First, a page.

This morning, Ron and I set out for a tour of North Yellowstone. In actuality, we set out for a tour of both North and South Yellowstone, but we only got as far as North Yellowstone!

We encountered rivers,



waterfalls,



fumaroles,





open spaces,



wild flowers,



Mammoth Hot Springs







and more waterfalls!



The entire tour was only 128 miles and our average speed was such that I got 54 miles per gallon on my Honda Gold Wing!

It was a nice relaxing day!
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Old 07-23-2012, 11:42 PM   #36
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July 23, 2012 Yellowstone Tour



Our first visit this morning was to Firehole Falls in the southwest quadrant of Yellowstone. Indeed, there was a waterfall and I dutifully took a picture of it!





Our second stop was at the Midway Geyser Basin, also in the southwest quadrant. At one time it erupted regularly; not so currently. There was lots of mineral-rich hot water and colorful mineral deposits.











There were also blankets of colorful (rusty orange) bacteria called bacteria mats.





















All the hot water drained into a river.



Our third stop was at Old Faithful. We just happened to arrive a minute or two before the noon eruption, so I was able to take pictures.





The ranger said that this eruption lasted 3.5 minutes and the water reached a height of 140 feet.

Then we moved on to the southeast quadrant of Yellowstone, the northeast quadrant



and finally the road which led to the northeast entrance.



We were primarily looking for wildlife. We did see bison, elk and moose at some considerable distance.



We did see some bison closer to the road, but there was no place to stop to take a picture. However, we did see a bear from about 40 feet away, so that was nice.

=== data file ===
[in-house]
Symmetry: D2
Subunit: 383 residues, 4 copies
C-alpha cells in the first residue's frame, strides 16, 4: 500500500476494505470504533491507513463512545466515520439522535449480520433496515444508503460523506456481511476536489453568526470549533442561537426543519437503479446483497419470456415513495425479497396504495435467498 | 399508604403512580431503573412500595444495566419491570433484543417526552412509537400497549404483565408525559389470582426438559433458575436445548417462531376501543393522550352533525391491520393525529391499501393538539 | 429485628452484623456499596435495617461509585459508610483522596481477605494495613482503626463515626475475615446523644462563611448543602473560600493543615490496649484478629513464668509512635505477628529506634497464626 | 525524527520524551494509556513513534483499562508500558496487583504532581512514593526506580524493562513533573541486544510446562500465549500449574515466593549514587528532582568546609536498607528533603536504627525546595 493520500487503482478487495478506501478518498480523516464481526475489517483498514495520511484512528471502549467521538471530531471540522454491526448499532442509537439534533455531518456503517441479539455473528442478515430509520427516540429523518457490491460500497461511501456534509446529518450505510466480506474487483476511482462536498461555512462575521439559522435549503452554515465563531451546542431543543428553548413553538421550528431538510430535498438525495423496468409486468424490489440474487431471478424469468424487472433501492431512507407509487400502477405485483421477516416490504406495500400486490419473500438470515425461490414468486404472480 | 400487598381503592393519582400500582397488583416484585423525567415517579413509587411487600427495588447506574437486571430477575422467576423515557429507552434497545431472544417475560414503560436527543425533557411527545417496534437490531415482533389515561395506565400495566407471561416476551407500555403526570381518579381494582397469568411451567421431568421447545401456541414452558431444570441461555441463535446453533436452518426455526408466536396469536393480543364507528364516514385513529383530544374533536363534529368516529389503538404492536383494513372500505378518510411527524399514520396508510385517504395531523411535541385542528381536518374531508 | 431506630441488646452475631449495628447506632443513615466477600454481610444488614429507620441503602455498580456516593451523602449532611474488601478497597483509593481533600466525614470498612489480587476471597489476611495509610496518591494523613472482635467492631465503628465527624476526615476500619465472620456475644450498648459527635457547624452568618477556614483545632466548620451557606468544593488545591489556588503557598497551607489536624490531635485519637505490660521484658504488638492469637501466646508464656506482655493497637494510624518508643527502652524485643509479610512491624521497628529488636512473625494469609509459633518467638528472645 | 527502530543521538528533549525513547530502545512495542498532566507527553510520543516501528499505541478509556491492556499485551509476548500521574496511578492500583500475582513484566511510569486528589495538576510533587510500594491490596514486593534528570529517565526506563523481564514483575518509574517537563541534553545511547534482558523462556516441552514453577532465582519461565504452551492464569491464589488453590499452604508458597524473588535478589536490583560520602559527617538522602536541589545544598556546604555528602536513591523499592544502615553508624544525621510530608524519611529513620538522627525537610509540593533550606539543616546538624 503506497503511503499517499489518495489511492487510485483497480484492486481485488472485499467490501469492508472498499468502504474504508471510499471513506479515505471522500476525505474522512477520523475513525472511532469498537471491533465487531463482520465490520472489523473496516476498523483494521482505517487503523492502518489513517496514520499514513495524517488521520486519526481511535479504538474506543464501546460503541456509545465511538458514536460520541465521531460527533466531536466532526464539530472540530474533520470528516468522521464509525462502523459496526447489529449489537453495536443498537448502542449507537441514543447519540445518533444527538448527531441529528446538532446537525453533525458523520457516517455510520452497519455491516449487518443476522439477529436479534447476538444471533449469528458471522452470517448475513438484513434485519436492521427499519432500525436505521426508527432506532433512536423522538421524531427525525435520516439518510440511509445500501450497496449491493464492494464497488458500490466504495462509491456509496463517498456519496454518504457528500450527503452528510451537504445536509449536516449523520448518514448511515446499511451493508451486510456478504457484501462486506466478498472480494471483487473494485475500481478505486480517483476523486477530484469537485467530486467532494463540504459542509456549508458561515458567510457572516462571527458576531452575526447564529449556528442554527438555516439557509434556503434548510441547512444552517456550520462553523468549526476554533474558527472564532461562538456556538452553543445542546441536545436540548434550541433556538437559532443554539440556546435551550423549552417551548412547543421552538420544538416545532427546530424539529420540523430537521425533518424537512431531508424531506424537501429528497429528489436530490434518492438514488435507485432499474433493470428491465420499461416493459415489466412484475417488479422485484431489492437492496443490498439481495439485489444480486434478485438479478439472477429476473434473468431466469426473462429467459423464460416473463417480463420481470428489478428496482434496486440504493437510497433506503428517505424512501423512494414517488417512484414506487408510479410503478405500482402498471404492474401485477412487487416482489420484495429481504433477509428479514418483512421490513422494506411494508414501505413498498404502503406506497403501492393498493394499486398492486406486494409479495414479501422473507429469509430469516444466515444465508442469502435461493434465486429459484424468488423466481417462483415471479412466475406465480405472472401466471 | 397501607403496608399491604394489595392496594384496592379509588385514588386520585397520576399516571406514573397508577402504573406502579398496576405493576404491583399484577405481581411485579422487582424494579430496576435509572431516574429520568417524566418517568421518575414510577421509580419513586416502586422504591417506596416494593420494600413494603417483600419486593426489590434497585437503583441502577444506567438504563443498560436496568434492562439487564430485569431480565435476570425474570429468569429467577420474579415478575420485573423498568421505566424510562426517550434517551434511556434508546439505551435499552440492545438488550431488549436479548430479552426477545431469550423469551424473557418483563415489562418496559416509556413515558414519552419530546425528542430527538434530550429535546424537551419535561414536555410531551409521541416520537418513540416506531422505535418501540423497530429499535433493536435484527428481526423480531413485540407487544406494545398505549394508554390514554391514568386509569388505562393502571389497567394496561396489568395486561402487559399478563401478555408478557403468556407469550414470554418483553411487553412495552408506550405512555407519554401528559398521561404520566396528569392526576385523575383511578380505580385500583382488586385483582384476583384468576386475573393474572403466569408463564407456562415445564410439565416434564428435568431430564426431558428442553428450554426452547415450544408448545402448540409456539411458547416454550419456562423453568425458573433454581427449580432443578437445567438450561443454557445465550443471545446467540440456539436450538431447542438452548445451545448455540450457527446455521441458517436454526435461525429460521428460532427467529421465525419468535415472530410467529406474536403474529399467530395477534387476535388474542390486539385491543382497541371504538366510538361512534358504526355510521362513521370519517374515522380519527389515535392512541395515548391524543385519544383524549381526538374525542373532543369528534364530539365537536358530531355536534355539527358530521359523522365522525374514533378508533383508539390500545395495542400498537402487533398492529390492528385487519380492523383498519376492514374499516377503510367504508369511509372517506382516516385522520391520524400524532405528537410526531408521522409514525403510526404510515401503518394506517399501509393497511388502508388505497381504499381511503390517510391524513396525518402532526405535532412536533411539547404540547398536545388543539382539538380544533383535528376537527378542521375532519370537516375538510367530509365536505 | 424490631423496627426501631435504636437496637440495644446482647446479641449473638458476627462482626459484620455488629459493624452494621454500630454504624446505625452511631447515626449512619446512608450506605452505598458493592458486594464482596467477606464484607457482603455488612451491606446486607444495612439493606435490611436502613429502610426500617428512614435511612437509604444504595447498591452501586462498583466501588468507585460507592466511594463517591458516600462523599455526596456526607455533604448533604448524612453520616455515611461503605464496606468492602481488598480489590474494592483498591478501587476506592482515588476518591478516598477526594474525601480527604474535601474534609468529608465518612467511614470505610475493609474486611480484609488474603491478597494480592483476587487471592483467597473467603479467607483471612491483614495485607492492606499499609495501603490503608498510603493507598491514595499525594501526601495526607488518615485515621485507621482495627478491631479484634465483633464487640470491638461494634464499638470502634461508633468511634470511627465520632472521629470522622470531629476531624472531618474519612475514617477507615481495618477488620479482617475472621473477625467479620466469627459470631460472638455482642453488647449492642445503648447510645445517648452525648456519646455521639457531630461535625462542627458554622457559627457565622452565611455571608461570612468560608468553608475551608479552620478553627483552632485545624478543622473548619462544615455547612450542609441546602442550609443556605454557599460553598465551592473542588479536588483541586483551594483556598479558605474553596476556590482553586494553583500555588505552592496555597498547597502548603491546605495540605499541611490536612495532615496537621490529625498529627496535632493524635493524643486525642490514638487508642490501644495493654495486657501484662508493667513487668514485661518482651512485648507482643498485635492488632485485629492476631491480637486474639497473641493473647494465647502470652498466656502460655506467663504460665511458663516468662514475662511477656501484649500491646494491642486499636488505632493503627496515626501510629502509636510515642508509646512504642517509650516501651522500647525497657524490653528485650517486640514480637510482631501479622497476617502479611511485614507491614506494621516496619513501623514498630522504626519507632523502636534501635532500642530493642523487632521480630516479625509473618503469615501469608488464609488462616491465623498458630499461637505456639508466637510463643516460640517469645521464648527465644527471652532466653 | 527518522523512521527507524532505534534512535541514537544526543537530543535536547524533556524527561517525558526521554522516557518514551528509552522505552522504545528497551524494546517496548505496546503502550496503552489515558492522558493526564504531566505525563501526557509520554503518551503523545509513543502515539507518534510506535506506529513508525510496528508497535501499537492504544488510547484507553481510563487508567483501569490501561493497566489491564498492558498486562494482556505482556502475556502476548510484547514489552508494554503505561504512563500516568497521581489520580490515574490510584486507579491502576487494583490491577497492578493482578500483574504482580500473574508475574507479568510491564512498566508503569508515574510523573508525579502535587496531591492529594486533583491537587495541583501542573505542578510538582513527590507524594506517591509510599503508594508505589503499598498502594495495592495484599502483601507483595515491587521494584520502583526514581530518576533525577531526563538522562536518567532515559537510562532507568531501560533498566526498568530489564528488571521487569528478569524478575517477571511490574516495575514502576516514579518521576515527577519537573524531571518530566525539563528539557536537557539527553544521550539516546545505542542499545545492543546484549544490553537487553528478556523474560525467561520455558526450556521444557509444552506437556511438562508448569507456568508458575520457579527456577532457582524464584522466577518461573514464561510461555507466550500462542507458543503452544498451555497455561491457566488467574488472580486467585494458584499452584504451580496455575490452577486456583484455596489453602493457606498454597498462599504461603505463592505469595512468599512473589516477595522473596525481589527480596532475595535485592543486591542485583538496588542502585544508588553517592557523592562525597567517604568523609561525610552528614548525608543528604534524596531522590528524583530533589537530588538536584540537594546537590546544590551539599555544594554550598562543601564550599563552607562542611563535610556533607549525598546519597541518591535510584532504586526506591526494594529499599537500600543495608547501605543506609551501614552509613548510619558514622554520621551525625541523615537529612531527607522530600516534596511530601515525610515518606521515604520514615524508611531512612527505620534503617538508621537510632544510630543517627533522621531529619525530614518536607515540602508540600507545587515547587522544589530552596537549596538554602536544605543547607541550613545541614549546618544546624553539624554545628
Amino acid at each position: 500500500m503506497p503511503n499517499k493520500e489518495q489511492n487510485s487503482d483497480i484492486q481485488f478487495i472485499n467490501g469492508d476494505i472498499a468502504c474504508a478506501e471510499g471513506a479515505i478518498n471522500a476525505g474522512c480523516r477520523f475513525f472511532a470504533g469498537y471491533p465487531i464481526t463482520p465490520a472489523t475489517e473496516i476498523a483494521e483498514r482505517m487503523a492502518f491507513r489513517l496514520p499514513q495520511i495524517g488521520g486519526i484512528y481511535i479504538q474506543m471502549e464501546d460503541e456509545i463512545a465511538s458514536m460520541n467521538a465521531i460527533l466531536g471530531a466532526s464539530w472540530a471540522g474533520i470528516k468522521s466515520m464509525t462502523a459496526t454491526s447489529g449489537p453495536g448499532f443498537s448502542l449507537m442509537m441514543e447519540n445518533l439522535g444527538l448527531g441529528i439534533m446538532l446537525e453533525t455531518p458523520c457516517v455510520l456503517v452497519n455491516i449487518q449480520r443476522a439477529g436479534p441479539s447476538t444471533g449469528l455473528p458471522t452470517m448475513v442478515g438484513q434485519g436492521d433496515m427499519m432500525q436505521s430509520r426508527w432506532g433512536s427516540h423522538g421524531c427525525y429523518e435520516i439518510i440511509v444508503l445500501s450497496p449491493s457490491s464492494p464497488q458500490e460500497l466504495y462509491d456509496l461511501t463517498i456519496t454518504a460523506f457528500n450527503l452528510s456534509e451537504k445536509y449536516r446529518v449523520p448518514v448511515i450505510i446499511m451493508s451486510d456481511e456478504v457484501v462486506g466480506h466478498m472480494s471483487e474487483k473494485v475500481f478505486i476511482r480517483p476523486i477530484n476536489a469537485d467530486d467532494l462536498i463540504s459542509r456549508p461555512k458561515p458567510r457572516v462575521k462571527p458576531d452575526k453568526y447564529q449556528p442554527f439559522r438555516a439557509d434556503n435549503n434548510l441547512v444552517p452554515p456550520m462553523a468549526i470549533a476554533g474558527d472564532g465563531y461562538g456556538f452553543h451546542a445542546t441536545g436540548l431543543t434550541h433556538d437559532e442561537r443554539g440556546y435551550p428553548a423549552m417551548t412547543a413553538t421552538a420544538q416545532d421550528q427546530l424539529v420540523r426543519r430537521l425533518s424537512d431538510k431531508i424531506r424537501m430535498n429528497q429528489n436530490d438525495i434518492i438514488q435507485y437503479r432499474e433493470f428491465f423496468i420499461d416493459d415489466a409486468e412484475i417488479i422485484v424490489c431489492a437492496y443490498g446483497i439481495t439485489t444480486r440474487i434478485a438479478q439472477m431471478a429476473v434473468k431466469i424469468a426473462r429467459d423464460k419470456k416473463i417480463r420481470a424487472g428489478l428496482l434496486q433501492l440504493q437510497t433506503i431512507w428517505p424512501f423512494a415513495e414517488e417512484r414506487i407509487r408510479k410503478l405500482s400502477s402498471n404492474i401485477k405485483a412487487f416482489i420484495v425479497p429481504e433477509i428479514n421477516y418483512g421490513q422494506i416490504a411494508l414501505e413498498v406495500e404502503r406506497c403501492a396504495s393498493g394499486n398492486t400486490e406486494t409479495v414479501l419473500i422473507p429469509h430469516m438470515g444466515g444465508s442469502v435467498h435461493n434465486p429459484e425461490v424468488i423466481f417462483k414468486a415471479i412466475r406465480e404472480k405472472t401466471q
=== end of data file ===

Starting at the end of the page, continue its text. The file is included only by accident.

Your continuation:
All in all, we covered about 240 miles. I got 53 miles per gallon on my Gold Wing – that tells you how fast we travelled.

We got back to our motel after 12 hours of riding at 9 p.m.
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Old 07-24-2012, 05:27 PM   #37
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July 24, 2012 Tour of the Grand Canyon of Yellowstone and the Lower and Upper Falls of the Yellowstone River



This morning Ron suggested that on our last day touring Yellowstone we should visit the Grand Canyon of Yellowstone and the Lower and Upper Falls of the Yellowstone River. He and I set out after breakfast on the 45 mile (one way) journey to Canyon Village and Yellowstone’s own Grand Canyon. We had a tremendously good time, stopping at nearly every stop available. I’ll let the pictures speak for themselves.

Lower Falls















Upper Falls



















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Old 07-25-2012, 07:57 PM   #38
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July 25, 2012 West Yellowstone, MT to Kalispell, MT



Today was another one of those “Point A to Point B” travel days. I will say, though, that riding from south to north through Montana was very pleasant. Our roads today were of very good quality, well maintained, and took us through moderately scenic areas. We didn’t encounter any real “motorcycle roads” filled with twisties, but we had a very nice ride, in a low-key kind of way.
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Old 07-27-2012, 04:28 PM   #39
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July 26, 2012 Kalispell, MT to Invermere, BC (although for me it was Cranbrook, BC)



We left our hotel in Kalispell at 6:30 a.m. and entered Glacier National Park around 8:00 a.m. We were fortunate to avoid most of the tourist busses, so we had a very pleasant ride on the Going to the Sun Road – that is, until we encountered a LONG stretch of construction. As we approached the construction zone, we were waved forward urgently by the traffic controller. We were the last vehicles allowed to pass into the one-way only construction area. The construction zone proved to be LENGTHY, and it took us at least a half hour to reach the end. If we hadn’t been allowed to join this group of vehicles, we would have been waiting for an hour before we could proceed! We thanked our lucky stars for that!

While on the Going to the Sun Road, we took pictures of lakes







and mountains